Justin Bozarth Says Construction Is a Profitable Pursuit

Justin Bozarth started work in the building industry at age 19. Two decades later, he’s the VP of operations for Richmond American Homes and says more young people should follow in his footsteps.

If anyone meets the definition of self-made, it’s Justin Bozarth. Two decades ago, at the age of 19, he started on the ground floor at Richmond American Homes, as an assistant superintendent. But, through hard work, sheer determination, and an unwavering dedication to fairness, he quickly rose through the ranks, and today he’s vice president of operations, overseeing nearly 60 staff members and building approximately 1,000 homes each year.

“I was there to grow and learn, and I worked my way up rapidly into management positions, in part because the market was growing at the time,” he says. Bozarth believes that now—given the building industry’s current labor shortage—is the perfect time for young people to consider the path he took, not only because they’re likely to be rewarded with good pay and immediate hands-on experience but because starting early will allow them to forge stronger partnerships like he did.

Justin Bozarth, Richmond American Homes

Bozarth’s current role involves overseeing field operations, business strategies, customer service, and purchasing. He relies on his trade partners to complete much of the work, and many of them are people he’s spent his whole career building relationships with. “We’re working with a lot of different people, and it’s always been important to me to treat everyone fairly,” he says. “I always push myself and my team to be fair but firm, always have our jobs ready on time and always, always treat our trade partners with respect in the field.”

Those relationships are particularly valuable in today’s building industry, in which good labor is hard to find. “There were times when we had the advantage as the builder, but now it’s flipped,” Bozarth says. “You have to use your relationships to get people to come work for you, and you won’t get your labor to show up if you’re not fair or if you cause a lot of grief.”

To show Richmond’s appreciation, Bozarth takes extra effort to organize barbecues, lunches, and other events for trade partners. “The strategy we’re working with now is making sure everyone knows we’re all a team and here to get the same job done,” he says.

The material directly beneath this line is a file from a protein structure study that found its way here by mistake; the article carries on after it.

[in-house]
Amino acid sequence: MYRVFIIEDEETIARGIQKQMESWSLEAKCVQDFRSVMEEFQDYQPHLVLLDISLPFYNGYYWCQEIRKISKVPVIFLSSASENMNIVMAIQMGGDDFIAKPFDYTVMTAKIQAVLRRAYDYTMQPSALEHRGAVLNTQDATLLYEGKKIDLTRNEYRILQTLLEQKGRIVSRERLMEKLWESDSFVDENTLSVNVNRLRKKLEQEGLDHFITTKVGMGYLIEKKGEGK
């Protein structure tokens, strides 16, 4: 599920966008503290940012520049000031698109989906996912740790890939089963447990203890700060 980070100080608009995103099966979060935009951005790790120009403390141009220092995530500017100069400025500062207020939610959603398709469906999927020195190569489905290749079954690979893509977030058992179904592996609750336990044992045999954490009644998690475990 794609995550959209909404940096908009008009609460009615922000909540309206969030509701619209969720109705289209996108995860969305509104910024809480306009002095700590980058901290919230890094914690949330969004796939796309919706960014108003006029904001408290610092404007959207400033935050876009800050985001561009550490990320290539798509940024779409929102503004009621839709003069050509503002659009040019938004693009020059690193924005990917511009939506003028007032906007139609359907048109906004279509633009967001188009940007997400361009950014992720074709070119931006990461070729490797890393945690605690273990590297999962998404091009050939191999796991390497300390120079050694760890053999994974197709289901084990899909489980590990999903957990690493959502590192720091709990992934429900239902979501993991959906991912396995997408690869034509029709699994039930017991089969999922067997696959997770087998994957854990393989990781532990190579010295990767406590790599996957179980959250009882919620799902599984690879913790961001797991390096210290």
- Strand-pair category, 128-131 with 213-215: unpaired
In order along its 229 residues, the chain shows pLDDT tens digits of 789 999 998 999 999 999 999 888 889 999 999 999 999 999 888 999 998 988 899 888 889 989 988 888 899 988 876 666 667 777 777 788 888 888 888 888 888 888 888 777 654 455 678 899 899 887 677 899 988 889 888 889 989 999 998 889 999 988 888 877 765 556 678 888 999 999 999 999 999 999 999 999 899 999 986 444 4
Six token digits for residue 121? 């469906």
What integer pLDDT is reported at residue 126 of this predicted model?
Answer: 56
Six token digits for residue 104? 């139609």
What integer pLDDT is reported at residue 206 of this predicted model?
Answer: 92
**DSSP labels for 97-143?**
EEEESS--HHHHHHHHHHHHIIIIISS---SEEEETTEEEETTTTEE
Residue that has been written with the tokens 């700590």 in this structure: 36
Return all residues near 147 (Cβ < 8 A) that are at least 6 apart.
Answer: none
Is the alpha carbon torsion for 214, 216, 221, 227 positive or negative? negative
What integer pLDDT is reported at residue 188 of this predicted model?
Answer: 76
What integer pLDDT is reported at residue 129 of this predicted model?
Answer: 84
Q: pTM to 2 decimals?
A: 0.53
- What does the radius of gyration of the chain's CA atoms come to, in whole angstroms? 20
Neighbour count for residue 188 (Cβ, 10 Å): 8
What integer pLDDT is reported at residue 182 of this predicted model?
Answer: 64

Managing a large number of builds at once requires careful coordination of trade partners as well, and Bozarth says he’s learned not to overload any one contractor. “On the average home build, you deal with maybe 30 trade partners or subcontractors, and at any one time we have around two dozen communities going up,” he explains. “You don’t want to have one framing contractor lined up to do them all.” Of course, delivering a top-quality home is always the end goal for Bozarth and his team, and to ensure it’s met, he tells his team to build each house like they’re building it for their mothers.

Also challenging in today’s market are the high expectations of homebuyers, who are savvy enough to know when something doesn’t look exactly right. “We have to remind homebuyers that we’re building homes in the real environment, which comes with heat, rain, cold, and wind,” Bozarth says. “I compare it to building a car outside in a parking lot. We encourage people to come watch the process, but they don’t necessarily understand that there will be things that happen during the build that we’ll correct as we go.”

The current challenges aside, Bozarth is enthusiastic about his career in the building industry and wishes more young people would consider it. The decline in young adults pursuing the trades to begin with is a major contributing factor to the current shortage the industry faces. “It can be hard work, but it pays off in the long run,” he says. “Some of these guys and gals working in the field are working hard but making good money—more than they’d make with a four-year degree, and we’re talking right out of the gate. If you’re skilled and can learn a trade, there’s a lot of opportunity and a lot of good money and benefits that can be made out there.”

He also believes that companies must be willing to hire people right out of high school and take a gamble on someone without much experience, and he himself is a prime example of how the gamble can pay off. “I had some experience because my father was a builder for many years, but I was still a 19-year-old kid,” he says. “I worked hard and didn’t complain and just took care of things.”

That can-do attitude has served him well and continues to fuel his success. “If you work hard, it always works out in the end, no matter the workload in front of you,” he says. “I tell my team to just keep pushing forward every day and it’ll all work out.”


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We at Desert Plastering would like to congratulate Justin Bozarth on his well-deserved honor. It is a pleasure working with him and Richmond American Homes.